By section 2, paragraph (a), of Article 286 of 1938, the Department of Highways is given authority to regulate and control all traffic on the public highways and bridges of the State and to adopt and enforce traffic rules and regulations. But that authority has reference to such rules and regulations as affect the public generally. The statute has no application to this case, where the plaintiffs claim a special right, and claim it as a property right, resulting from their ownership of lands adjoining the highway. The important question is whether the right which the plaintiffs demand is a property right; and that question seems to be quite well settled.
"An abutting owner has two distinct kinds of rights in a highway, a public right which he enjoys in common with all other citizens, and certain private rights which arise from his ownership of property contiguous to the highway, and which are not common to the public generally; and this regardless of whether the fee of the highway is in him or not."
From the same section we quote:
"An abutting landowner on a public highway has a special right of easement and user in the public road for access purposes, and this is a property right which cannot be damaged or taken from him without due compensation."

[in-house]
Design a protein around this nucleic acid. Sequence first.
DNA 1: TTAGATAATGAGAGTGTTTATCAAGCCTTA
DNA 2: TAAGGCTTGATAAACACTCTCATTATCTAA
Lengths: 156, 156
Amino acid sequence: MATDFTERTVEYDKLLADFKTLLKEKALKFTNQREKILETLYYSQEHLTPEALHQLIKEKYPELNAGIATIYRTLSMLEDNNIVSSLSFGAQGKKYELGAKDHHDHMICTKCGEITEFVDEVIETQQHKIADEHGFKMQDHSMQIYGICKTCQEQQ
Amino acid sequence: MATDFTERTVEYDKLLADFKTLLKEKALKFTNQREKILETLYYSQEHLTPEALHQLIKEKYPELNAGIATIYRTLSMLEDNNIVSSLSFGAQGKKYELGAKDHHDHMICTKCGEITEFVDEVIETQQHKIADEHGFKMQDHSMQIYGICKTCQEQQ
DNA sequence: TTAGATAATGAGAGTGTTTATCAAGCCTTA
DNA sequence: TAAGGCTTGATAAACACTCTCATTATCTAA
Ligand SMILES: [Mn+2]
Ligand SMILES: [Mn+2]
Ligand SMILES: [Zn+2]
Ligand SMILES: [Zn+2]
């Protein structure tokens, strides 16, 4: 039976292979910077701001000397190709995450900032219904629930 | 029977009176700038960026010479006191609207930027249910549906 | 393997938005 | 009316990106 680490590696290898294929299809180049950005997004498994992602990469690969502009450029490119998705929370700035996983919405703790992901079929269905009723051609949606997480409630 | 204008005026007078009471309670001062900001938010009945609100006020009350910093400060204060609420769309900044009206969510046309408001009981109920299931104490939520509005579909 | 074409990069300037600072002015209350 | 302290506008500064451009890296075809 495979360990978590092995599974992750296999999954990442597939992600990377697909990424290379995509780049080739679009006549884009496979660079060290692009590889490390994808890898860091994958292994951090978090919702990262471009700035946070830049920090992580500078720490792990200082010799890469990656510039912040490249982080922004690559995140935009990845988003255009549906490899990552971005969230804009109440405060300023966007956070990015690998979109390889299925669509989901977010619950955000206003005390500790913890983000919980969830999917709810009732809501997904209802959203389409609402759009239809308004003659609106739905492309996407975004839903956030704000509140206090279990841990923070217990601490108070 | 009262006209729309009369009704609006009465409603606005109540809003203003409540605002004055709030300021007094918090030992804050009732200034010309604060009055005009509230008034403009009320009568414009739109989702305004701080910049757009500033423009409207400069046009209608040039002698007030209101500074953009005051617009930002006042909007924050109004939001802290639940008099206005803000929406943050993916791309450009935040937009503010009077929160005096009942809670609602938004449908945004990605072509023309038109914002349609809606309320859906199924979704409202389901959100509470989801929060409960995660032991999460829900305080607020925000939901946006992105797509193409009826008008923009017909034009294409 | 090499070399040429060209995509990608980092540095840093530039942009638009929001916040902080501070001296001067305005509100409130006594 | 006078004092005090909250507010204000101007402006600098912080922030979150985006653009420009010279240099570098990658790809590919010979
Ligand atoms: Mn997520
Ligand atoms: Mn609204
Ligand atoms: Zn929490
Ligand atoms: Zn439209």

In 25 Am.Jur., § 154, p. 448, decisions by the Supreme Court of the United States and by the courts of last resort of thirty of the states are cited in support of this pronouncement:
"The right of access to and from a public highway is one of the incidents of the ownership or occupancy of land abutting thereon. Such right is appurtenant to the land, and exists when the fee title to the way is in the public as well as when it is in private ownership. It is a property right of which the owner cannot be deprived without just compensation."
In the case of Anzalone v. Metropolitan District Commission, 257 Mass. 32, 153 N.E. 325, 328, 47 A.L.R. 897, the plaintiff prayed for a writ of mandamus to compel the commission to grant him permission to have a place of entrance from a public highway to his adjoining land, to facilitate its use as a gasoline filling station. The commission had rejected the plaintiff's application. The Supreme Judicial Court, in granting the writ of mandamus, said:
"The respondent's duty was to grant a way of access upon the petitioner's application subject to such reasonable regulations and requirements as to location, construction and use as it deemed to be necessary for the public safety and convenience."
In the syllabus of the opinion it is declared:
"Commissioners having supervision of a boulevard cannot refuse to grant an abutting owner access from the roadway to his property to facilitate its use as a gasoline filling station."